Older adults with hearing loss are at increased risk for developing depression, according to a study conducted by at Columbia University Vagelos College of Physicians and Surgeons in New York City and published in JAMA Otolaryngology-Head & Neck Surgery. Results of this study also suggest that treating age-related hearing loss could effectively reduce rates of depression in the elderly.
The study involved 5,239 adults over age 50 who were enrolled in the Hispanic Community Health Study/Study of Latinos. Participants had an audiometric hearing test and were screened for depression. According to the researchers, those with mild hearing loss were about twice as likely as those with normal hearing to have clinical signs of depression, and people with severe hearing loss were more than four times as likely to be depressed.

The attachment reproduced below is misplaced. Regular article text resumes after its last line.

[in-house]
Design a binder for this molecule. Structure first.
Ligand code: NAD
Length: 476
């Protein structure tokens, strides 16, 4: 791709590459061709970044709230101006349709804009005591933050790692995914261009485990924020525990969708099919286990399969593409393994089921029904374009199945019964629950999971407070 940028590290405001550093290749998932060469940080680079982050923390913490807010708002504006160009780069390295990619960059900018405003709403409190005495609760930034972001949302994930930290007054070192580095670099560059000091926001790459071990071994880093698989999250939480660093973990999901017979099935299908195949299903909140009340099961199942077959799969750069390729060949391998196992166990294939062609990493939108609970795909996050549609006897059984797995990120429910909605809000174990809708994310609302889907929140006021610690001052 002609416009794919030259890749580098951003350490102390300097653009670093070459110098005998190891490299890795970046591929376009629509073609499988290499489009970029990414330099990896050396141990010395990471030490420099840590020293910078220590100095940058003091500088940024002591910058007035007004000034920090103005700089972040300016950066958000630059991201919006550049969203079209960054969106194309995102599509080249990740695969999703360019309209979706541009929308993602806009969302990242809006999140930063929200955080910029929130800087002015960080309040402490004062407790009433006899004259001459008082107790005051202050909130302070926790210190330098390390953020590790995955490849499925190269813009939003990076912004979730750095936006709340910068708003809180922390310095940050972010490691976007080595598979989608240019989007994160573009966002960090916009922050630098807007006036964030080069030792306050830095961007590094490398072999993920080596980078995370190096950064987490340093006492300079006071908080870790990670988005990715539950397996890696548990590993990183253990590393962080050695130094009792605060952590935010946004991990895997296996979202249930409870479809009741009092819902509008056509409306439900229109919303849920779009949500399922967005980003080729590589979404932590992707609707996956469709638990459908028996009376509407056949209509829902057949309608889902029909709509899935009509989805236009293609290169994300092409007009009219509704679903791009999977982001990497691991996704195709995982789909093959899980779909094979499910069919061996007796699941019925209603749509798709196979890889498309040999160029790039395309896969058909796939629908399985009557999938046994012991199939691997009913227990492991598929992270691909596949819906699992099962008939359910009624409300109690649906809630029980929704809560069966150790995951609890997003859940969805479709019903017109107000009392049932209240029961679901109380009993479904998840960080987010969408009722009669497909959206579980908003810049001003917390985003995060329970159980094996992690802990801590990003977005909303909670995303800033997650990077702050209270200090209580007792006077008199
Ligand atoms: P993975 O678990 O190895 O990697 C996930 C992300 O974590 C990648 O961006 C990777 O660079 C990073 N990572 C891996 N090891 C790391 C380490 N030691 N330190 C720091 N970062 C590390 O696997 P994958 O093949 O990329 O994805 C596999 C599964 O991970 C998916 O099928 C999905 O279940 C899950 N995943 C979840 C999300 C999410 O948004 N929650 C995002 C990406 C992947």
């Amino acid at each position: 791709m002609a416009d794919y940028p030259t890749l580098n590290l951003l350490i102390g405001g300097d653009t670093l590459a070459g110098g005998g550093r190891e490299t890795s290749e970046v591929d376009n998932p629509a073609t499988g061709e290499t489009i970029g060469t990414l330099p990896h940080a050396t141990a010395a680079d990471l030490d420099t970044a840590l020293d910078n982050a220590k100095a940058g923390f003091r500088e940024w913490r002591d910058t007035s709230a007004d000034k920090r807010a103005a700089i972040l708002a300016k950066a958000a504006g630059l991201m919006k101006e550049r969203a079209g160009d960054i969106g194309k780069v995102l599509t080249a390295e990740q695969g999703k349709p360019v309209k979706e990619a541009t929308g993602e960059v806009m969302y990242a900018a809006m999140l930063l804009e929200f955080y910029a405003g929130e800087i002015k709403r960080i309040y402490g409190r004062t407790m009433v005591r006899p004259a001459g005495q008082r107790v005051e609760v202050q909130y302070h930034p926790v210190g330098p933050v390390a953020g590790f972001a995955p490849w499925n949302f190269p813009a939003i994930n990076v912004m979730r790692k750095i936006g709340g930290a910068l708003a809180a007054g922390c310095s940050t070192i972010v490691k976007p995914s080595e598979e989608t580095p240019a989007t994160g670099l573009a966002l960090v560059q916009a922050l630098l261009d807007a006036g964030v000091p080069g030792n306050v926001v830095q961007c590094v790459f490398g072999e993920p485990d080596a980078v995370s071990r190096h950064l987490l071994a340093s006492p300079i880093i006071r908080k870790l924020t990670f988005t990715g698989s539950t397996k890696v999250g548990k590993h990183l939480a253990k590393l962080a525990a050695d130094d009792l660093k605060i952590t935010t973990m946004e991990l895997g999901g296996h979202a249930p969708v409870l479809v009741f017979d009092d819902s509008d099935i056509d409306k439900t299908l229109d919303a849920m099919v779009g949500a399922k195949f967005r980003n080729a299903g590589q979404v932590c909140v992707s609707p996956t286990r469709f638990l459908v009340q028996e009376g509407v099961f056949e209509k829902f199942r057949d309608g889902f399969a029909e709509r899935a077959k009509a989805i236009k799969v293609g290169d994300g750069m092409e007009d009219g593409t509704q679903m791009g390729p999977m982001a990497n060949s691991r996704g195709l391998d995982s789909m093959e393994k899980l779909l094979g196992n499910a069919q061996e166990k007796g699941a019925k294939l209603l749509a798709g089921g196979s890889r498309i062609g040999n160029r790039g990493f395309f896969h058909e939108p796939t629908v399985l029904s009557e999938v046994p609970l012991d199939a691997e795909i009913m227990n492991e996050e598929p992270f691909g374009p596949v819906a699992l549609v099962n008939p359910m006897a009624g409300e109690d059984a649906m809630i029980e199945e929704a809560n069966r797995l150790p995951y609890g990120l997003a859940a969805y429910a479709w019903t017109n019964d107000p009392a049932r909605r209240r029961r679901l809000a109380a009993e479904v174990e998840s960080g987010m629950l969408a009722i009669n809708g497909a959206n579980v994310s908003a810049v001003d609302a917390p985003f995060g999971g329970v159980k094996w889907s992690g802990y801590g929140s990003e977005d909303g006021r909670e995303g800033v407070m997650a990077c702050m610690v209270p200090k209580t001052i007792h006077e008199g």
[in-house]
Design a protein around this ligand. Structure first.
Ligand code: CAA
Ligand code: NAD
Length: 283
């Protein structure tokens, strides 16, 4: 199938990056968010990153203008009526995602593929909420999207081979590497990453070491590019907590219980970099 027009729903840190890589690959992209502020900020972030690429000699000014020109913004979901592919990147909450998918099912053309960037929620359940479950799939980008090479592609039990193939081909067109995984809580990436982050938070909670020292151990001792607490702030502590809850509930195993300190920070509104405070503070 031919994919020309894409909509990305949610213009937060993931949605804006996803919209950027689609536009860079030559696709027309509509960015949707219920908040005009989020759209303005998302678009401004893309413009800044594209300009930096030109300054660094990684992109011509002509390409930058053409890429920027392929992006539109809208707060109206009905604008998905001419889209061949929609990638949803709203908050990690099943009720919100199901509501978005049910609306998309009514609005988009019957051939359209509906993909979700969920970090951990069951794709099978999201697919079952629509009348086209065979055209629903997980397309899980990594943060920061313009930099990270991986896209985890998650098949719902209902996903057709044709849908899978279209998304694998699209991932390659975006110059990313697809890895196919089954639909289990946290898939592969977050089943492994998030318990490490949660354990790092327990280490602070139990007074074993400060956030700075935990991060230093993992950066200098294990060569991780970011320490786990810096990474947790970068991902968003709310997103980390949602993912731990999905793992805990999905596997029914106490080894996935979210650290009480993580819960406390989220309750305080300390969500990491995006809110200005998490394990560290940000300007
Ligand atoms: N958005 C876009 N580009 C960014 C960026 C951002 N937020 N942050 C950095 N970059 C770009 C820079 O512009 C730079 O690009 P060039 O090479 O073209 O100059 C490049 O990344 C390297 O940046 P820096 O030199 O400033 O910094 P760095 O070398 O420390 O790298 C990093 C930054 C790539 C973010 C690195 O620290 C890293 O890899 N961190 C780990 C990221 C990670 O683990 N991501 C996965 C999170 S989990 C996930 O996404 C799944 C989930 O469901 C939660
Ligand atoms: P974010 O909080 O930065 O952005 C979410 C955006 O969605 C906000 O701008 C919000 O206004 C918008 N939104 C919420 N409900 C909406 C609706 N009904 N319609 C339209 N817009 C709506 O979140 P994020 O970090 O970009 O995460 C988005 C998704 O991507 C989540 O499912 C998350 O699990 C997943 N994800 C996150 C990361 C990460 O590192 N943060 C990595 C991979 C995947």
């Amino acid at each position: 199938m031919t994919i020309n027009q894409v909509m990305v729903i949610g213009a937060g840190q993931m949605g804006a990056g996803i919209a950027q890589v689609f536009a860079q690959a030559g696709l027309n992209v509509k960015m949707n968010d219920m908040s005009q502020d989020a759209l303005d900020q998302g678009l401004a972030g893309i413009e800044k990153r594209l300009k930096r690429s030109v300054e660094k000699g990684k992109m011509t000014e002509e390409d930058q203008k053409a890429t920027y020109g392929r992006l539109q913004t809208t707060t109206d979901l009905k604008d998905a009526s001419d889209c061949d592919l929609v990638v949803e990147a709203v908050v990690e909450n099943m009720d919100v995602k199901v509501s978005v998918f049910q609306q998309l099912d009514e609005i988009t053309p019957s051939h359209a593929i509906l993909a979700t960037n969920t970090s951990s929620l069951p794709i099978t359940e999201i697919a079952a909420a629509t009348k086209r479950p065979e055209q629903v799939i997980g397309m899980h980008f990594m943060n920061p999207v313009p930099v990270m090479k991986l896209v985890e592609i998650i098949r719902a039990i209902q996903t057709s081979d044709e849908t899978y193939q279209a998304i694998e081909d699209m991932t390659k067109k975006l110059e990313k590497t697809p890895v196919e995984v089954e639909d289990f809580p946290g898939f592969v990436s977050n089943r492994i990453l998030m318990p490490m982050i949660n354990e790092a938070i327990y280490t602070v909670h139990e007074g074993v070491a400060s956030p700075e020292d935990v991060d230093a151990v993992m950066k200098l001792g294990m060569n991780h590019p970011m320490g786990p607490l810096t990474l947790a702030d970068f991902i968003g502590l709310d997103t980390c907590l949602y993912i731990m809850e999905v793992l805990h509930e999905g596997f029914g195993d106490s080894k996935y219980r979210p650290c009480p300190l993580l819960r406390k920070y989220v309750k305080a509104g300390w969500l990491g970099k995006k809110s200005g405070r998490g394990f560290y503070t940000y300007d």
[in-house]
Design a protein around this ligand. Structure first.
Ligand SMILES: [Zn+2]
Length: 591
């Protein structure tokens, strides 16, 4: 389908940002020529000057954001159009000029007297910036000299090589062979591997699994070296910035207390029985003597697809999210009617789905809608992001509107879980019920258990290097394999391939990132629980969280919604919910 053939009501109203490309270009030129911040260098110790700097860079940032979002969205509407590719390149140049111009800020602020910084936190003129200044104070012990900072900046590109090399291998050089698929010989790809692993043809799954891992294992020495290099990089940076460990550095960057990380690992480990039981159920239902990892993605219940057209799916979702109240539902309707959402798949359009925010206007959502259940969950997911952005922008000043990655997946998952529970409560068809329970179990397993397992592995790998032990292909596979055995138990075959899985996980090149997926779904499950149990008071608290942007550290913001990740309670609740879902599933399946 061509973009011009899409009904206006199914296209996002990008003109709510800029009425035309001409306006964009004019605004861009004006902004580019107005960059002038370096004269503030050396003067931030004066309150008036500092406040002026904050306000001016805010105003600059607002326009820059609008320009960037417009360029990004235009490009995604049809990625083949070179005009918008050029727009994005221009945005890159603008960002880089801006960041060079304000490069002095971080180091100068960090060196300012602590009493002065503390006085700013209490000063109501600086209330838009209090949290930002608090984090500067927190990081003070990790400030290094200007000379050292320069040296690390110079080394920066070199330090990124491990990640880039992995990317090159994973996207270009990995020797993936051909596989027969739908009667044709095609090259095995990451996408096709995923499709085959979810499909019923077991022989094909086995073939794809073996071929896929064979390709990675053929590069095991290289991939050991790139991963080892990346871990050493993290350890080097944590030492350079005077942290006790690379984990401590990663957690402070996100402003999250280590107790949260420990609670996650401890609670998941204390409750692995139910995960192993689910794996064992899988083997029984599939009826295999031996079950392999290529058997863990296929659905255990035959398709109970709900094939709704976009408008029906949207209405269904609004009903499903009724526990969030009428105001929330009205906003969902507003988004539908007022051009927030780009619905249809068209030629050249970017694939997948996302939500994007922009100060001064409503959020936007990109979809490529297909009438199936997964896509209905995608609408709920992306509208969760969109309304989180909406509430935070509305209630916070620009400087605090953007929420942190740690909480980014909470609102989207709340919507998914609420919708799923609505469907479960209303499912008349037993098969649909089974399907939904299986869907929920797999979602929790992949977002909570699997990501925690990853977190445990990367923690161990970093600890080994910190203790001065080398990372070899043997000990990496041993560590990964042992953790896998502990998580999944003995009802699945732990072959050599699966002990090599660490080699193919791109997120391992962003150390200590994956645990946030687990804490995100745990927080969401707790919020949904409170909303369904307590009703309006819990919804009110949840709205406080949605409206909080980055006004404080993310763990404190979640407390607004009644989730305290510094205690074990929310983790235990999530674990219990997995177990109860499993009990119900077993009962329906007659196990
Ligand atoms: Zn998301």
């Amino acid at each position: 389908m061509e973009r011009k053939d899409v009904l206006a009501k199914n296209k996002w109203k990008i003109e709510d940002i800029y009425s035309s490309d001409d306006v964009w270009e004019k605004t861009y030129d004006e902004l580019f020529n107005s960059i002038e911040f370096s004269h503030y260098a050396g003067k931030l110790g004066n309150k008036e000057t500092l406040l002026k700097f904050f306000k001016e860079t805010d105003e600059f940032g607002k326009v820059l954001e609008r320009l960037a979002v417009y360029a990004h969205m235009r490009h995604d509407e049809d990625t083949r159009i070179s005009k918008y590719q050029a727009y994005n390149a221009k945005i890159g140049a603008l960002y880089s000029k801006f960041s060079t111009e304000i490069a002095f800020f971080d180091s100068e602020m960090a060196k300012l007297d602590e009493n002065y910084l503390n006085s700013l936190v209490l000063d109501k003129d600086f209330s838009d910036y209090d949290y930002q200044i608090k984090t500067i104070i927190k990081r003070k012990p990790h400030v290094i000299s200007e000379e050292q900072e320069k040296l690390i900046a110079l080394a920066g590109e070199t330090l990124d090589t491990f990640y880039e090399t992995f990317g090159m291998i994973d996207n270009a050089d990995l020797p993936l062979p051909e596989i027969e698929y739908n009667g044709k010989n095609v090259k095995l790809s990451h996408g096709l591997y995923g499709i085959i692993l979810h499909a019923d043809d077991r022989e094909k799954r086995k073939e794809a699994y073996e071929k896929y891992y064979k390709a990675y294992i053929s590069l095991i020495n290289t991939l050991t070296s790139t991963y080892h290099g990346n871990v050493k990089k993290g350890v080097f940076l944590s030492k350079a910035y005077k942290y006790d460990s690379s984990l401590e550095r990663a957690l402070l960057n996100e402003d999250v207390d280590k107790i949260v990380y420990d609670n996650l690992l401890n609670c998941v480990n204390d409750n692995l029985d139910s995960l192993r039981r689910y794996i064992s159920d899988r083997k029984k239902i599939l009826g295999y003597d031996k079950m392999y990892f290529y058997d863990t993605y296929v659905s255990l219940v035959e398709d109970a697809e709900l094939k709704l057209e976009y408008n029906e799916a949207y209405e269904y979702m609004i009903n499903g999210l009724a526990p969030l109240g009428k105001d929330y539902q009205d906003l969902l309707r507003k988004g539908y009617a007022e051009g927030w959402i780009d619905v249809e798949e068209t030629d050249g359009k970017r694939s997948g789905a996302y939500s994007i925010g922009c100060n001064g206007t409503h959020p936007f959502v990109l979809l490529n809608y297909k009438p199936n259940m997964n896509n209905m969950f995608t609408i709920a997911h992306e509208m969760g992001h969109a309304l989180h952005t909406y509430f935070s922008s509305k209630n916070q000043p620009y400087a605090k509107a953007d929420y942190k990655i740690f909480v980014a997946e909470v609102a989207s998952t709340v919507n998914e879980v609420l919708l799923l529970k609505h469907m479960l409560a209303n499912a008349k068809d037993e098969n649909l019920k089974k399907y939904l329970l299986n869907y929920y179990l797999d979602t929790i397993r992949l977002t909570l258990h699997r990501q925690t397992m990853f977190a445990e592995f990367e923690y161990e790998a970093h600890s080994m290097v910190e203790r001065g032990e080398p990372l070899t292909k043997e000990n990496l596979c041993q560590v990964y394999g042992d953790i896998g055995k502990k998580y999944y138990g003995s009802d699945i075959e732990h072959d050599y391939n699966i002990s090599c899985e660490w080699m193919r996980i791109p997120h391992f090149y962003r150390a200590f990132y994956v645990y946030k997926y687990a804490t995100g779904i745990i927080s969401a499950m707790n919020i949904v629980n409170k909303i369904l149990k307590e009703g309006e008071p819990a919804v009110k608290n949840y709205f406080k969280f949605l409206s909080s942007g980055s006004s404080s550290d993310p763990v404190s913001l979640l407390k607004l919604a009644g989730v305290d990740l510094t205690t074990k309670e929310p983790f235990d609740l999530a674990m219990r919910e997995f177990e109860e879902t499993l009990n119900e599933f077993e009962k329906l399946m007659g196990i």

Hearing loss is common in people over 70 and is often underdiagnosed and undertreated, say the Columbia researchers. In fact, age-related hearing loss — which also ups your risk of cognitive impairment and dementia — is the third most common chronic condition in older adults.
Sourced from: JAMA Otolaryngology-Head & Neck Surgery